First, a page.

Saturday, February 26, 2011

One pair of Easy House Slipper made

Okay… here are pics of my second pair of the Norwegian Easy House Slipper!

Materials used:
DPNs one size 7, and one size 8 – alternating for each row.

Yarn: Cascade 220 Heather; felts nicely. Colours: Dark hunter green; dark purple; dark burnt orange.
This is a size 9 before felting – made with Cascade 220 Heather. The finished felted slipper is about 9+” long. Before felting, it’s over 13” long. The partner to this one has been felted, but this one won’t be because I want to show to the class what it will look like just before felting.

The colours are deep earth tones – the pictures don’t do them justice… they look so beautifully rich up close and personal. The colour sequence will be different on its partner. I’m reversing where the dark burnt orange and the purple colours are.

This pattern is truly easy… the folding/seaming might seem a bit daunting, but once you get over it it’s not a struggle at all. Check out the YouTube video for folding the Easy House Slipper.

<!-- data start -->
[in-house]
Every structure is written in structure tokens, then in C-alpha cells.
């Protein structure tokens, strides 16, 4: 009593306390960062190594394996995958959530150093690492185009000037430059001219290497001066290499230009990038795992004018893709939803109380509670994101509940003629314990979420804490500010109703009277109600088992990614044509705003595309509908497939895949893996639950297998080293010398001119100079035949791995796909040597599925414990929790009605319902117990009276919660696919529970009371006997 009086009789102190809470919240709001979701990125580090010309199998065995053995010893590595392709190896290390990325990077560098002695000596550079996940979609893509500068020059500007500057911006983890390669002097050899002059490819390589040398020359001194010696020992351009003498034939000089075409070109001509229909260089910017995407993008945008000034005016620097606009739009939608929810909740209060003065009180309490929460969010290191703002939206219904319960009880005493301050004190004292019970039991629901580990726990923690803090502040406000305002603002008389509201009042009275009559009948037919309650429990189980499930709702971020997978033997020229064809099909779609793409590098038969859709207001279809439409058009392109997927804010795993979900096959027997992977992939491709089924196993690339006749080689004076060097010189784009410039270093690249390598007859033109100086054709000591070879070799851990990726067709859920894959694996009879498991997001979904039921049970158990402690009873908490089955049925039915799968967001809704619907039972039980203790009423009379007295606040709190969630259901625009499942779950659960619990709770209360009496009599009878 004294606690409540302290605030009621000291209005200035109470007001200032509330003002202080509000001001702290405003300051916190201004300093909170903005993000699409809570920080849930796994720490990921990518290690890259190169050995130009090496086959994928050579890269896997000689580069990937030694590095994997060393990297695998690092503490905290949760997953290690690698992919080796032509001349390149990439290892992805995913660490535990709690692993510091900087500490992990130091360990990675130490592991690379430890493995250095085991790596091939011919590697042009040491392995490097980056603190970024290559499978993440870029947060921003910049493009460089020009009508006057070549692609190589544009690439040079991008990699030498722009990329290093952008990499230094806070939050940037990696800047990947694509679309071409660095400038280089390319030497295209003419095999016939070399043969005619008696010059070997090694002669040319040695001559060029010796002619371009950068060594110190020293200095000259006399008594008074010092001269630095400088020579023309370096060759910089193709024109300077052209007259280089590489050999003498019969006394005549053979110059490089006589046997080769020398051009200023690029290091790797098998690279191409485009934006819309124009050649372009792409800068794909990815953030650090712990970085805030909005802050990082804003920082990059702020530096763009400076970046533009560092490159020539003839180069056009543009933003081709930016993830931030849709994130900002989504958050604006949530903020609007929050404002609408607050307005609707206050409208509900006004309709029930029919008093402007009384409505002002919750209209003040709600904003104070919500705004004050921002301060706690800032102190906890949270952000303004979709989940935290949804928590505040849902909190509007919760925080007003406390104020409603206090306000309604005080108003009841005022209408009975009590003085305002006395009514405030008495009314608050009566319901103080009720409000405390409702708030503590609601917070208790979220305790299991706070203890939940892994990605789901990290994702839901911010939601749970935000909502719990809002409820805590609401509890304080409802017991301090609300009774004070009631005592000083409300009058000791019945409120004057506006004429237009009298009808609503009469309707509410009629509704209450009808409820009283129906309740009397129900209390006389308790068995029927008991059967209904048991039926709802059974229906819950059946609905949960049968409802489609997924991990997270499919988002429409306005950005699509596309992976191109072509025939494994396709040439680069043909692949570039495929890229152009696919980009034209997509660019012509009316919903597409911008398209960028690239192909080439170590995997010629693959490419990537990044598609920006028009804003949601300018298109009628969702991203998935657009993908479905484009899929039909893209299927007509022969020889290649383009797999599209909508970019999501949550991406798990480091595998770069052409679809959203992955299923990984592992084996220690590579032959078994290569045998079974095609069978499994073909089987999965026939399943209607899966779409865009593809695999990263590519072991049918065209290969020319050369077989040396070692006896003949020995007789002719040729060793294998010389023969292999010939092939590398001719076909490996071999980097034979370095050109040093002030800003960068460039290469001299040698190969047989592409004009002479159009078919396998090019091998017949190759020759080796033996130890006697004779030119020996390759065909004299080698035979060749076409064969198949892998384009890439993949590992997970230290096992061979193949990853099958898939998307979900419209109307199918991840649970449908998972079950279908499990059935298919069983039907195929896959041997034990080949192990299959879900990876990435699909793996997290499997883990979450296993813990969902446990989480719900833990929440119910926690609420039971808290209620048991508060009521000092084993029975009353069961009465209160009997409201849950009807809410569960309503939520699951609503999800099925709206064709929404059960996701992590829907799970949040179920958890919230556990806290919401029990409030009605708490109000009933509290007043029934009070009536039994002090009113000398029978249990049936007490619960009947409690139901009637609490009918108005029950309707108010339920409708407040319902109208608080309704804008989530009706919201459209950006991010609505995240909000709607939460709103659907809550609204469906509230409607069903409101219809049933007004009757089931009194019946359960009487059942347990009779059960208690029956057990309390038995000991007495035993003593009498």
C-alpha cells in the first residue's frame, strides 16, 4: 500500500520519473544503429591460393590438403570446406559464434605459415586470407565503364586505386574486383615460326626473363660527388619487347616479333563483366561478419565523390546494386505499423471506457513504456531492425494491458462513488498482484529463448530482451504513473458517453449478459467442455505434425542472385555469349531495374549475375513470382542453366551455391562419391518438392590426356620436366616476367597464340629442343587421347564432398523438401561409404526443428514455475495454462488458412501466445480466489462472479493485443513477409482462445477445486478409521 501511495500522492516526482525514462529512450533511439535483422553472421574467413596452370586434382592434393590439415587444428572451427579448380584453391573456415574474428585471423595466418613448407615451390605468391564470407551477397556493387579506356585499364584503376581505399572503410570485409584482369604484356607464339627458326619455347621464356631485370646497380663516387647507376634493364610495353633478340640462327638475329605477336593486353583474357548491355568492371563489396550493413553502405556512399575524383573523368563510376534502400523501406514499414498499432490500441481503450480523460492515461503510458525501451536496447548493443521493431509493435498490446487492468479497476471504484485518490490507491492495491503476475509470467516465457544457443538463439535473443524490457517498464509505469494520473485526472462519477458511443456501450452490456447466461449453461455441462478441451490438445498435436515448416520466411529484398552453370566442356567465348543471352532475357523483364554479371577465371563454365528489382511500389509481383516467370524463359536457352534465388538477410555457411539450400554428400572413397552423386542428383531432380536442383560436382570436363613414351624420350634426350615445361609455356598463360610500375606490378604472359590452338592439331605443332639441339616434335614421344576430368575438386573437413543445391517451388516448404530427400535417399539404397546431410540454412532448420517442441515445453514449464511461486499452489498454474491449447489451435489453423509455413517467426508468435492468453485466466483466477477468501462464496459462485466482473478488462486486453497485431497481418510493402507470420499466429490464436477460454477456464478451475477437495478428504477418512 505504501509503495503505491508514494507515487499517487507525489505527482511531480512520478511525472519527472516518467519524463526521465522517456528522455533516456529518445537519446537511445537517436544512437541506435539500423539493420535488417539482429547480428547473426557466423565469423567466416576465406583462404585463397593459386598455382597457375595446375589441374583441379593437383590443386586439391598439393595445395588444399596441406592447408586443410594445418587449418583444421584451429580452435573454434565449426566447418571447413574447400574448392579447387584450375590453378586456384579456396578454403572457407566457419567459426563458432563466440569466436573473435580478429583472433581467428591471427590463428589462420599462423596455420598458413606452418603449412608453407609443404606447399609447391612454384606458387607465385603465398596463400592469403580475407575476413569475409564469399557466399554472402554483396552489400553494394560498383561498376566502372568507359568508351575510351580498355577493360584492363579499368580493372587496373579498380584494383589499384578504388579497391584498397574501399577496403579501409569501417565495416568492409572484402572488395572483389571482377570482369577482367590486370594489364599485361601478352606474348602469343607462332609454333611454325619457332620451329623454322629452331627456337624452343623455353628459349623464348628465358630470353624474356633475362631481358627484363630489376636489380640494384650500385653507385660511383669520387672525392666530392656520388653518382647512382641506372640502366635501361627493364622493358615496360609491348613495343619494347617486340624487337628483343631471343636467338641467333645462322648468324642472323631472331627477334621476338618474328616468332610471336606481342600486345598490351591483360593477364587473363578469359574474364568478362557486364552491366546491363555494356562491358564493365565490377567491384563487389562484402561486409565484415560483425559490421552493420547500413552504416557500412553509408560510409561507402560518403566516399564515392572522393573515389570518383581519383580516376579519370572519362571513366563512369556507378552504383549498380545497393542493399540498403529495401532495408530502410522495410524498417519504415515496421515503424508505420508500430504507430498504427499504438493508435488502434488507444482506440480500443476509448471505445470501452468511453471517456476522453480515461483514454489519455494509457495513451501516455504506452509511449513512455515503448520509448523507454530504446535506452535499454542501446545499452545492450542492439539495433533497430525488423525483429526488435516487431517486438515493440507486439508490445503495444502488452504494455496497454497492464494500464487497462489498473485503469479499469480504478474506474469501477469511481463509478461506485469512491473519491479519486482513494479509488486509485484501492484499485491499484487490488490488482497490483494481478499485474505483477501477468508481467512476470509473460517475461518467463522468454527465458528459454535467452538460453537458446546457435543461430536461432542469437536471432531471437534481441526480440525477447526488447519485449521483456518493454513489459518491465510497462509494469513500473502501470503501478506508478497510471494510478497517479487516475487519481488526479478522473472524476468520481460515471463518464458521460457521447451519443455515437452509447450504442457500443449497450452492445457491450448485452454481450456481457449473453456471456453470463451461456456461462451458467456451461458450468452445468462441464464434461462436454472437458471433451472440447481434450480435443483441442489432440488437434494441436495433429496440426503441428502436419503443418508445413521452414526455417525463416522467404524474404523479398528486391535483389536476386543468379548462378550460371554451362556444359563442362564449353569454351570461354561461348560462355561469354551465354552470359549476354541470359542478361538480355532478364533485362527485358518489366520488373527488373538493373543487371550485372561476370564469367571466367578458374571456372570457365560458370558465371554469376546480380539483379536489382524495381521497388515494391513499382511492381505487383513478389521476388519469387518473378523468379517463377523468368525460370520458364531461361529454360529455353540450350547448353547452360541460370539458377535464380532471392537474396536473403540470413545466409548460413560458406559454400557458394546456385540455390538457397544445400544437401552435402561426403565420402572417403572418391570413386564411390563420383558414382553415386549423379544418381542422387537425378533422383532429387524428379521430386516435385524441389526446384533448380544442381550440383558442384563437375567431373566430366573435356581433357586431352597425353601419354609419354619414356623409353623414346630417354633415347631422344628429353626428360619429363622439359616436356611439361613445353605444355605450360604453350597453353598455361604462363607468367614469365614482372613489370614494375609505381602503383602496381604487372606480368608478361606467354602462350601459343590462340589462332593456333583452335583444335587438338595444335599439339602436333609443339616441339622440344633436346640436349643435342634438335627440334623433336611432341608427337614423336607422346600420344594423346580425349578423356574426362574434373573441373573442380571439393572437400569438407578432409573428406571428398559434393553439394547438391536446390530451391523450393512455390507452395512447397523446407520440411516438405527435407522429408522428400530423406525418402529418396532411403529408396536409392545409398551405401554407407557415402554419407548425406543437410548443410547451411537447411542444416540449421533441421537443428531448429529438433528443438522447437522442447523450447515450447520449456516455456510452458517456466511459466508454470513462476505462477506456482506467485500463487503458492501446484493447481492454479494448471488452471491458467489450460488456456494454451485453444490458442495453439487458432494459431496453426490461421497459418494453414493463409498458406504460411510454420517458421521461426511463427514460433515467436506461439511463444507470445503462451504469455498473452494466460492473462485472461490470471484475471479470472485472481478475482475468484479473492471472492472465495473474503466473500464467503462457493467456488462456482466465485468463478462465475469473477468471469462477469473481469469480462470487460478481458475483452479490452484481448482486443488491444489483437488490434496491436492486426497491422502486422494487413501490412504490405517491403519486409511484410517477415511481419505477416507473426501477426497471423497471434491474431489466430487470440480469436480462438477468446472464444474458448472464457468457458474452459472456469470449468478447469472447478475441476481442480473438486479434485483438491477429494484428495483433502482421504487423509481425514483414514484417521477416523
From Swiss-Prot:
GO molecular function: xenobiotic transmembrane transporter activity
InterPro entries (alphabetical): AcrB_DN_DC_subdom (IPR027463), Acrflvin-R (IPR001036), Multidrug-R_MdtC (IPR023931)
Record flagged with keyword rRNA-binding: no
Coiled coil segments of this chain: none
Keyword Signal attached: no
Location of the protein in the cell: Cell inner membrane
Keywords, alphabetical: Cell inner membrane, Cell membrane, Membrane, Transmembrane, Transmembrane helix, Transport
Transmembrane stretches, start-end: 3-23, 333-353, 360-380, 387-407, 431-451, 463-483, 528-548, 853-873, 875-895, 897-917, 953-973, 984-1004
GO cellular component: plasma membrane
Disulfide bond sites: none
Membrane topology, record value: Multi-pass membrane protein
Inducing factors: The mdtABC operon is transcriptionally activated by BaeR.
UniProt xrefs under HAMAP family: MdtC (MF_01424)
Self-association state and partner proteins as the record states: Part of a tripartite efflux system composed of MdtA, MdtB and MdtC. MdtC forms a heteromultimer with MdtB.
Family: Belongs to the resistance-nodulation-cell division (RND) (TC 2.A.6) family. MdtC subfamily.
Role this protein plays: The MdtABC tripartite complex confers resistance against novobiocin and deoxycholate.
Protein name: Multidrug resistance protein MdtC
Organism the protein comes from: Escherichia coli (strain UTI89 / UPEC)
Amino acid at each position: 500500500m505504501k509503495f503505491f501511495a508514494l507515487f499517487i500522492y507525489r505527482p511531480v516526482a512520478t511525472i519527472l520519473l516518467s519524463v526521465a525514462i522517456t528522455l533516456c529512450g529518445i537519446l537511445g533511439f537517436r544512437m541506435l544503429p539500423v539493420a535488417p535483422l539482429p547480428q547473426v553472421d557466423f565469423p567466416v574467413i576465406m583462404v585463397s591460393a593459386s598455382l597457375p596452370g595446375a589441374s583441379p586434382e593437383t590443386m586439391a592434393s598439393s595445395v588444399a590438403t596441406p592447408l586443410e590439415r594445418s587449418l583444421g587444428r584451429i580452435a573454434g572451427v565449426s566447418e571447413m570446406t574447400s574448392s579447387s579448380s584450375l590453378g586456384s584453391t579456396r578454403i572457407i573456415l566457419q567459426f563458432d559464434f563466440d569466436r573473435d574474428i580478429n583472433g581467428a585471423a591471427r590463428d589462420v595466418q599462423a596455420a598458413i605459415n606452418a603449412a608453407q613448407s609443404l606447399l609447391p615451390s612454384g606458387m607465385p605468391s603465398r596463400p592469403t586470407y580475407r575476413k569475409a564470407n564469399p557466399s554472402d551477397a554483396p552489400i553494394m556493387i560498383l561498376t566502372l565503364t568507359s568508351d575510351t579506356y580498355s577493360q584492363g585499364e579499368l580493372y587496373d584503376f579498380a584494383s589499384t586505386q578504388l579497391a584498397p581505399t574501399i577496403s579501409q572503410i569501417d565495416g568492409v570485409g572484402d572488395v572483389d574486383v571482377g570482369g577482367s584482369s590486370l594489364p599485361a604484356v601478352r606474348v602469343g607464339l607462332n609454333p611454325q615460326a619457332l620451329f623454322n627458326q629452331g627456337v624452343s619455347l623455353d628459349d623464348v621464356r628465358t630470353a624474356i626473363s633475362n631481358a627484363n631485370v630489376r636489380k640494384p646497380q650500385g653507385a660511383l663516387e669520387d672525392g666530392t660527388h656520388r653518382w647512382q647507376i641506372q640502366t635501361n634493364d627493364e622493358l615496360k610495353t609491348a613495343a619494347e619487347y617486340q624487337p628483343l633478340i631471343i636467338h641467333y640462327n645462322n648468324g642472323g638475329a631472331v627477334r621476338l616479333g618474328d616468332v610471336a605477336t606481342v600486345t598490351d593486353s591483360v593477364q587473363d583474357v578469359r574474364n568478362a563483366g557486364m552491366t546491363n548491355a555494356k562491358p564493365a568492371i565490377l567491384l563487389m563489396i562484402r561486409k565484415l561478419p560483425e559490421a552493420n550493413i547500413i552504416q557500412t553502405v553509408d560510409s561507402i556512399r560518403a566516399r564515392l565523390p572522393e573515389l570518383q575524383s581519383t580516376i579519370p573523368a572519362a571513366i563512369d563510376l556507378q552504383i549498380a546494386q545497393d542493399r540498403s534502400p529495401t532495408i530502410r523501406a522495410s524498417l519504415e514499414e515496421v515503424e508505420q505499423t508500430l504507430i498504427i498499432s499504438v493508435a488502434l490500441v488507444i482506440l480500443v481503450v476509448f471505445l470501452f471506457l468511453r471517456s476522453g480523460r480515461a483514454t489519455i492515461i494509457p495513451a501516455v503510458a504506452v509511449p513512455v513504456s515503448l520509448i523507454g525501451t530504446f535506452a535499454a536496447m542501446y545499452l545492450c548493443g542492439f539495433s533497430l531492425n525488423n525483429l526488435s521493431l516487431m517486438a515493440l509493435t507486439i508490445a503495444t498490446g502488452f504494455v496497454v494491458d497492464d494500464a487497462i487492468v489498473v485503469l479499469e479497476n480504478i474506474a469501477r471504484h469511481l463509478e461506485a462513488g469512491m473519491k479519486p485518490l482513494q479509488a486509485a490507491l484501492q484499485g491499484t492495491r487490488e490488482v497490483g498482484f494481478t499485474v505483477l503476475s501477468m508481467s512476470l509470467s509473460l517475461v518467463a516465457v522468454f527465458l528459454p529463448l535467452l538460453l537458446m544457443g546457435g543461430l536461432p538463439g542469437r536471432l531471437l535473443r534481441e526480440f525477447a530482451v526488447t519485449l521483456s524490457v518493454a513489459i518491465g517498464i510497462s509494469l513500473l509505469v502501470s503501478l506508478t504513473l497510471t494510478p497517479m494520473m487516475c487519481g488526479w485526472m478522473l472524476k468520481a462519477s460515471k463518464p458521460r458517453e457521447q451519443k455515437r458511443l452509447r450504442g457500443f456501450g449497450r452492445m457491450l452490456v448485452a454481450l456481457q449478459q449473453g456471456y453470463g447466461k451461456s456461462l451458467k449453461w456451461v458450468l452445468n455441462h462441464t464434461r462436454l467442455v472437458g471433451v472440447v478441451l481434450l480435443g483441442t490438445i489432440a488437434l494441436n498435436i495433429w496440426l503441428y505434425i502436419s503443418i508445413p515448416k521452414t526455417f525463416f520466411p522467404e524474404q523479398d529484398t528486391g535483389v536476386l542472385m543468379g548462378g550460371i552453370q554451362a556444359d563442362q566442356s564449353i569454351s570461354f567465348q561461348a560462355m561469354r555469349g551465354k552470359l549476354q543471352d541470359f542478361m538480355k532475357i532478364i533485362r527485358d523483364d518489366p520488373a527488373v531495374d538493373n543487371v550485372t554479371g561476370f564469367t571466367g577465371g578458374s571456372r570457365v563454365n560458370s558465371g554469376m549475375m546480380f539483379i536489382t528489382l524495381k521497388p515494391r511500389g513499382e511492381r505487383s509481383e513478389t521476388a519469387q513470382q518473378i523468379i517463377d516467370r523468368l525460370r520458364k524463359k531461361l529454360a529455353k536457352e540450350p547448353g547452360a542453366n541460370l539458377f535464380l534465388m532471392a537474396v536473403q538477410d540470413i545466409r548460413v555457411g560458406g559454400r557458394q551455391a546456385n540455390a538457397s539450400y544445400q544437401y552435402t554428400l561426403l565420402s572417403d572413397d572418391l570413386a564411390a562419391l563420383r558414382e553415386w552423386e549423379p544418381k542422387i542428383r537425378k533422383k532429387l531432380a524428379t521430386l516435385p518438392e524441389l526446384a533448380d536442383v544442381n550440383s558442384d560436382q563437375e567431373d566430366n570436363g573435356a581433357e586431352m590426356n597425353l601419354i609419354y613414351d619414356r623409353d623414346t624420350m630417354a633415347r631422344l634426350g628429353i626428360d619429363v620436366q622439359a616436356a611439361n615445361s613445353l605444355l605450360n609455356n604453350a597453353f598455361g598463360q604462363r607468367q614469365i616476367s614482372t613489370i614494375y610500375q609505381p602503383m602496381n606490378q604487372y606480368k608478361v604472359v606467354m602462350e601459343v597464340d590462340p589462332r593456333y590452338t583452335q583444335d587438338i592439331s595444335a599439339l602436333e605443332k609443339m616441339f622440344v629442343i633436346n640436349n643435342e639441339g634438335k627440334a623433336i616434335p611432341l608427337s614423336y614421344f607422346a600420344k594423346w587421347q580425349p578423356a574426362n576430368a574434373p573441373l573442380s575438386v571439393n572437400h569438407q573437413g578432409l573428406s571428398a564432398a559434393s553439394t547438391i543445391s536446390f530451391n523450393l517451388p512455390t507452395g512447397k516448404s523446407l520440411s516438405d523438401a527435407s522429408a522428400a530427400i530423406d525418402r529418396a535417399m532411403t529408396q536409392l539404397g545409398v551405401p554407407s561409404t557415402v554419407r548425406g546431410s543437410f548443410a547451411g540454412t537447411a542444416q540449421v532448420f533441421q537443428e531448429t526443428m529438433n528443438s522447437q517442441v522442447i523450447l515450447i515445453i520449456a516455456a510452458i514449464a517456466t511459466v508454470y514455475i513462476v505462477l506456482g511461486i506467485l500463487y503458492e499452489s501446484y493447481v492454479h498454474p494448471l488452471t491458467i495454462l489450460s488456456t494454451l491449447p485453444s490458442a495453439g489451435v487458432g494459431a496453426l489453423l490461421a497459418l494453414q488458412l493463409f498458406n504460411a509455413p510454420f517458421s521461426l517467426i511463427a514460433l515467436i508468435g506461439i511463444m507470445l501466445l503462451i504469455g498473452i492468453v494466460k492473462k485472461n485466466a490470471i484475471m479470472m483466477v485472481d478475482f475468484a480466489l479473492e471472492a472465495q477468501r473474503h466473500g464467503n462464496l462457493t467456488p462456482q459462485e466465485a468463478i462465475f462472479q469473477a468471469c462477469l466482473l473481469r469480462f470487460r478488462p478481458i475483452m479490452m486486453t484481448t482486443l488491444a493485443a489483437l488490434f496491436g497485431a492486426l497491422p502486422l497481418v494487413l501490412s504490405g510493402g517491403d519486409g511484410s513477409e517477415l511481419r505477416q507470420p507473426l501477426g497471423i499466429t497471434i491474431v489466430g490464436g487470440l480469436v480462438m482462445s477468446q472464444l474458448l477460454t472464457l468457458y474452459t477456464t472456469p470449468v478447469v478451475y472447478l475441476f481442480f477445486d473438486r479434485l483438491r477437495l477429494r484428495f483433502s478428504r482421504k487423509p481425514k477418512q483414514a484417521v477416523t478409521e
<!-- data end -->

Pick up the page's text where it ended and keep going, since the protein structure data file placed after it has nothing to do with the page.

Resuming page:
FELTED: The slipper was washed 2x in a frontloader washer; hot/cold setting; heavy duty cycle; with 3 pairs of rugged old jeans to help with the agitation. I’m going to wait until I finish its partner before I throw them into the driver to shrink more.

Now, in the pictures below, the length of the slipper is: heel tip to toe tip – 9” (exactly the size in the pattern.. oh, btw, the sizes noted in the pattern are actually lengths in inches and not shoe sizes).

INSIDE OUT: The slipper inside-out. If worn inside-out, it would still look cool!

The seaming was done with a crochet hook and the dark hunter green yarn, slipped sts. But now that I’ve learned how to do the mattress stitch – next time I make a pair, I will join that way instead of with a crochet hook, or needle as shown in the joining video on YouTube.